Q4 2016 sustainable development leadership review
The final quarter of 2016 brought yet more unexpected change, and at the same time more agreement: the fastest ratification of a UN agreement - on climate change – as well as moves to protect the steel industry against unfair trade in a number of countries. Against this backdrop, we have seen strong contributions to the long-term success of our business and to sustainable development.
We significantly strengthened our balance sheet in 2016, ending the year with the lowest level of net debt since the creation of the company. This will not only better equip us to weather any economic challenges we may face, but it will also enable us to invest in the future. And in the last quarter of 2016, we further embedded our 10 sustainable development outcomes into the day-to-day running of our business. Nominated sponsors for each outcome facilitated assessments of our operations and this has given us the learning to develop plans to tackle the challenges and drive forward progress.
The two areas I’d like to note in particular, on carbon and the circular economy, and on sustainability standards, indicate that we are demonstrably supporting Sustainable Development Goal 12 to ensure sustainable production and consumption patterns - throughout our value chain.
Contributing responsibly to a low-carbon circular economy
With the Paris Agreement coming into force on 4 November 2016, cementing the ambitious target to limit the global temperature rise to 1.5C compared with pre-industrial times, ArcelorMittal remains committed to being a responsible contributor to a low carbon future. This starts with reducing our own carbon emissions per tonne of steel by 8% of 2007 levels by 2020.
To go further, we will need to make low-carbon steelmaking a reality. To this end, at COP22 in Marrakech I took part in the launch of a new collaboration between ArcelorMittal, cement maker LafargeHolcim and chemicals companies Evonik and Solvay. This will explore how we can work together to substantially reduce CO2 emissions across these carbon-intensive industries by converting them into useful products such as transportable energy, chemicals or plastics. On a similar theme, our partnership with LanzaTech to turn our waste gas emissions into fuel overcame some regulatory hurdles at the end of the year and will start to build a demonstration plant in Ghent in 2017. Commitments like this led us to rank first for low-carbon technology development in the Climate Disclosure Project’s steel sector report, Nerves of Steel, published in October. We ranked fifth overall out of 14 steel companies, and second for emissions and energy management.
It’s clear that we’re embracing the enormous challenge of decarbonising steel, an inherently carbon-based product, but to make a success of it we need support from policy makers. So at Marrakesh and elsewhere we have found ourselves in the uncomfortable position of highlighting the shortcomings of European carbon policy as it stands. We need policymakers to help us help them because as global citizens, we want the ETS to work to reduce emissions globally. It’s in no one’s best interest to see steel production and its emissions simply emitted elsewhere. The aim of the system should be not just be to reduce emissions from what Europe produces, but also to reduce emissions from what Europe consumes. The answer our chairman and CEO has proposed is the introduction of border carbon adjustments to increase the cost competitiveness of lower-carbon steel.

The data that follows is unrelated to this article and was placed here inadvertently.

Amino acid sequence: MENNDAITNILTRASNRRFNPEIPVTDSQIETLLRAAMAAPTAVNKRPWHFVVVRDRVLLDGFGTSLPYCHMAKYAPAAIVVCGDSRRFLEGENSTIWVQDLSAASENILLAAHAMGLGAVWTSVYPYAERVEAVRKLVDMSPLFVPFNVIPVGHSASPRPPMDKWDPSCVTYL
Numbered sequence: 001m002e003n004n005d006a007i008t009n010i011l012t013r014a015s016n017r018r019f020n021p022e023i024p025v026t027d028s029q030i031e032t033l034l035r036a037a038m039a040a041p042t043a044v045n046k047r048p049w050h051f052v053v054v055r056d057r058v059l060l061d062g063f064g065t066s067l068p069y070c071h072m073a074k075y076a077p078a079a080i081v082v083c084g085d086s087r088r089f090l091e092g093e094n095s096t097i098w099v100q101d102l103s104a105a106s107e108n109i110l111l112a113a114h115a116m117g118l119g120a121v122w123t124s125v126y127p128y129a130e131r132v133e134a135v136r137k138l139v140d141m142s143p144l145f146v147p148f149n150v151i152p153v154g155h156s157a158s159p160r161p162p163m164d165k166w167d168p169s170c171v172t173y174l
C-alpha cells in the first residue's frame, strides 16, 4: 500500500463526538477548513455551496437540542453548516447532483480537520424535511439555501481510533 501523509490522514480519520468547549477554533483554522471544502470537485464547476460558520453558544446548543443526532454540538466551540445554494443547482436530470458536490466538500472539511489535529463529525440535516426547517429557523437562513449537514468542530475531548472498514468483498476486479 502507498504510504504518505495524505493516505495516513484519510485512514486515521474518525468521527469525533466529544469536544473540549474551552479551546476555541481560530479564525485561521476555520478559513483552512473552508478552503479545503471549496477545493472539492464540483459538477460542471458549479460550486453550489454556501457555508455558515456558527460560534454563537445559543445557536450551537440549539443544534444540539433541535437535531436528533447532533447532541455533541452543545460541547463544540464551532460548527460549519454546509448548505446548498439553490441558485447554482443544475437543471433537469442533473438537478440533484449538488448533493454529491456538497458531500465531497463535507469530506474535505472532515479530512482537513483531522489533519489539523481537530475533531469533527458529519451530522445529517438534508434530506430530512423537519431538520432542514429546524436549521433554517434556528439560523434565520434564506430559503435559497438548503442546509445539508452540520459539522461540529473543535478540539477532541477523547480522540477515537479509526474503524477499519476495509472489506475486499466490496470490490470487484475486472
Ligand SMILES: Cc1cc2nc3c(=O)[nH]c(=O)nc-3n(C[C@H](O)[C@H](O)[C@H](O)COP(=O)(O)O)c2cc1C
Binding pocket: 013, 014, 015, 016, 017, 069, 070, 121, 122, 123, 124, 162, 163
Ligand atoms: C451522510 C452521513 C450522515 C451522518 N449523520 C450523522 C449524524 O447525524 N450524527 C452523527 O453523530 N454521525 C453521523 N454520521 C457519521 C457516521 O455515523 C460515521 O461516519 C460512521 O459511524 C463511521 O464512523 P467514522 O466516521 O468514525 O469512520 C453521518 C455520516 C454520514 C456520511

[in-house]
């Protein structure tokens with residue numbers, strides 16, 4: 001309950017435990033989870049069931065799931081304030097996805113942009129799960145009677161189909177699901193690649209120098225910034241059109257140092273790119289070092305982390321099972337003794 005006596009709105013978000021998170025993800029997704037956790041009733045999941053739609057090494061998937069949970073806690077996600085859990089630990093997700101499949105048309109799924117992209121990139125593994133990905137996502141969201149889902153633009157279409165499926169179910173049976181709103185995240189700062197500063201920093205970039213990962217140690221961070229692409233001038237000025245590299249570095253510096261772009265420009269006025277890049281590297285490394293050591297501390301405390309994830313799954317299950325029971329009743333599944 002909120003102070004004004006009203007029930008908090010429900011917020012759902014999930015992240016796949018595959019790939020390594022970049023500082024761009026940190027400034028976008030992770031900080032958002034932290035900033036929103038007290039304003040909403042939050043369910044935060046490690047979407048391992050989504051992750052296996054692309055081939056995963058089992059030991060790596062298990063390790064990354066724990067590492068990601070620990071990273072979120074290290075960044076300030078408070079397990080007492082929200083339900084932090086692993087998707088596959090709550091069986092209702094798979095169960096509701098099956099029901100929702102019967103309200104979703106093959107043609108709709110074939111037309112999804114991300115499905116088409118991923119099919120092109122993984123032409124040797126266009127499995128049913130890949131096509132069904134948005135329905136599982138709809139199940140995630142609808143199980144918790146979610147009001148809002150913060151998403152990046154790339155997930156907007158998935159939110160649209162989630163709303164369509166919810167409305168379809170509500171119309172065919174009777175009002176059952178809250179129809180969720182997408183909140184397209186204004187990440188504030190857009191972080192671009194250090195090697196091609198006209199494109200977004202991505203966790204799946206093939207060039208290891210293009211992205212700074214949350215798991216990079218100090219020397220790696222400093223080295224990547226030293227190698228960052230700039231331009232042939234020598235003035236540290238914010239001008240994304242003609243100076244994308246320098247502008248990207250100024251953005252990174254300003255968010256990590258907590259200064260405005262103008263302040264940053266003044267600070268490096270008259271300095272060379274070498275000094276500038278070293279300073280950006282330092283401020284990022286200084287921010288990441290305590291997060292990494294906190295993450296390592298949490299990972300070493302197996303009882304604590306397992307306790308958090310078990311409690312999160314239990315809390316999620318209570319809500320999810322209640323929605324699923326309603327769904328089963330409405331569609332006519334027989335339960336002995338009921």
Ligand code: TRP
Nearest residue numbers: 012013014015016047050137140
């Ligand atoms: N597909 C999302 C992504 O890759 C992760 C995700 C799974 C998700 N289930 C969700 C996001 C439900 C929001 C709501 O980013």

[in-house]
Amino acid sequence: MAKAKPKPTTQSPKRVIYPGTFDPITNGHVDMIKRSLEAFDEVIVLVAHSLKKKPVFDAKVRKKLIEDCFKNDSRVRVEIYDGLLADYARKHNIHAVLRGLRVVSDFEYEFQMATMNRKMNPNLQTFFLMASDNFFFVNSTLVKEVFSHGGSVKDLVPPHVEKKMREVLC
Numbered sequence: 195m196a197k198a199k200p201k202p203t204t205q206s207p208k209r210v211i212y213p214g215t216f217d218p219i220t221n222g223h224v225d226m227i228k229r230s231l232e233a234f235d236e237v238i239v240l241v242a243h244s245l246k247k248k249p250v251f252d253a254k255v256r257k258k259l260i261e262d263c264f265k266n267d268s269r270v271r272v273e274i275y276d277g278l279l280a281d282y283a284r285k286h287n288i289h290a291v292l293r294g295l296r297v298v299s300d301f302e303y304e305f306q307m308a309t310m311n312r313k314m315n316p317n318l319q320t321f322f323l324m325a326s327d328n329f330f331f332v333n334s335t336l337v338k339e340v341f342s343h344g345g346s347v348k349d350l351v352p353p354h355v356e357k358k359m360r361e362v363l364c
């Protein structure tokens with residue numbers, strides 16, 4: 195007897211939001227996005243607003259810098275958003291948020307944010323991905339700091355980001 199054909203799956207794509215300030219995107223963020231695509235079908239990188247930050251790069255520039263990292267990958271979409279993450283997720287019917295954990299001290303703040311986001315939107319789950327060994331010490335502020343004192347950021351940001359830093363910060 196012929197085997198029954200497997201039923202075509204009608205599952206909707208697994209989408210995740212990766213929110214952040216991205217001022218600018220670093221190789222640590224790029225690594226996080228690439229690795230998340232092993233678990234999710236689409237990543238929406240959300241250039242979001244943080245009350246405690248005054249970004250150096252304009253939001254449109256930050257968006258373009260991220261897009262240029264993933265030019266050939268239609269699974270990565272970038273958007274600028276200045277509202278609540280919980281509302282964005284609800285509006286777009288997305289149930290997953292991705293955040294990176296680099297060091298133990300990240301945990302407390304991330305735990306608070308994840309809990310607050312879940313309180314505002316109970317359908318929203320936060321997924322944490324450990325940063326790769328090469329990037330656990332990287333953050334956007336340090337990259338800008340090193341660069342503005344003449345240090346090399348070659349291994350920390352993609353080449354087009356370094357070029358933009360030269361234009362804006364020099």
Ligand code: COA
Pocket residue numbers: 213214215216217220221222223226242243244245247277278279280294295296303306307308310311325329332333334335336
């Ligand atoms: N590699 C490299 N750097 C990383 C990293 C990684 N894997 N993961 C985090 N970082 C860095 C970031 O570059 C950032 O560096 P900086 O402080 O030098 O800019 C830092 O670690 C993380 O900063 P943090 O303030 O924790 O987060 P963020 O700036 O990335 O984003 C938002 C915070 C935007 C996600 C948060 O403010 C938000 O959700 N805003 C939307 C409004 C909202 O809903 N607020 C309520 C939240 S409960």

Designing sustainability-driven innovation
In an example of how the 10 outcomes are driving change within our business, in November Greg Ludkowsky announced Global R&D’s new Sustainable Innovation tool, which will ensure all future R&D projects are designed with sustainable development in mind, and so be in a position to help our customers identify the sustainability benefits of the new innovations we offer them.
Throughout the quarter, we continued to work towards becoming a trusted user of air, land and water, upgrading our plants to ensure they meet the environmental standards our stakeholders expect. Our colleagues in Poland finished a project to improve emissions from our coke plant in Zdzieszowidce, and received the go-ahead for the last of four de-dusting projects for the Dabrowa Gornicza steel plant. Both here and in Bosnia & Herzegovina, our colleagues plan to pilot an innovative hybrid filtration technology that will make our air emissions cleaner than ever. All this is part of a major modernisation programme that will see $167 million in environmental improvements by 2018.
Responsible production – a sustainable development goal
When it comes to what we offer our customers, ArcelorMittal is doing more than talking about sustainability. We’re working to demonstrate sustainability standards in our steel operations and raw materials supply chains by taking an active role to develop these new standards for the industry – ResponsibleSteel™ and the Initiative for Responsible Mining Assurance.
Countless conversations with customers, suppliers and civil society organisations this quarter paved the way for us to present an outline of the ResponsibleSteel™ standard in January 2017, and invite stakeholders to join a working group to drive a multi-stakeholder approach to evaluating the sustainability of steel. The aspiration is to protect not only the environment, but also the human rights of those working in, or living near, mines and steelworks. Successfully implementing the standard and having our sites assessed against it will reassure our customers that we should be their preferred choice, and bolster our role as a leading responsible corporate citizen.
Dr Alan Knight
General manager, head of corporate responsibility and sustainable development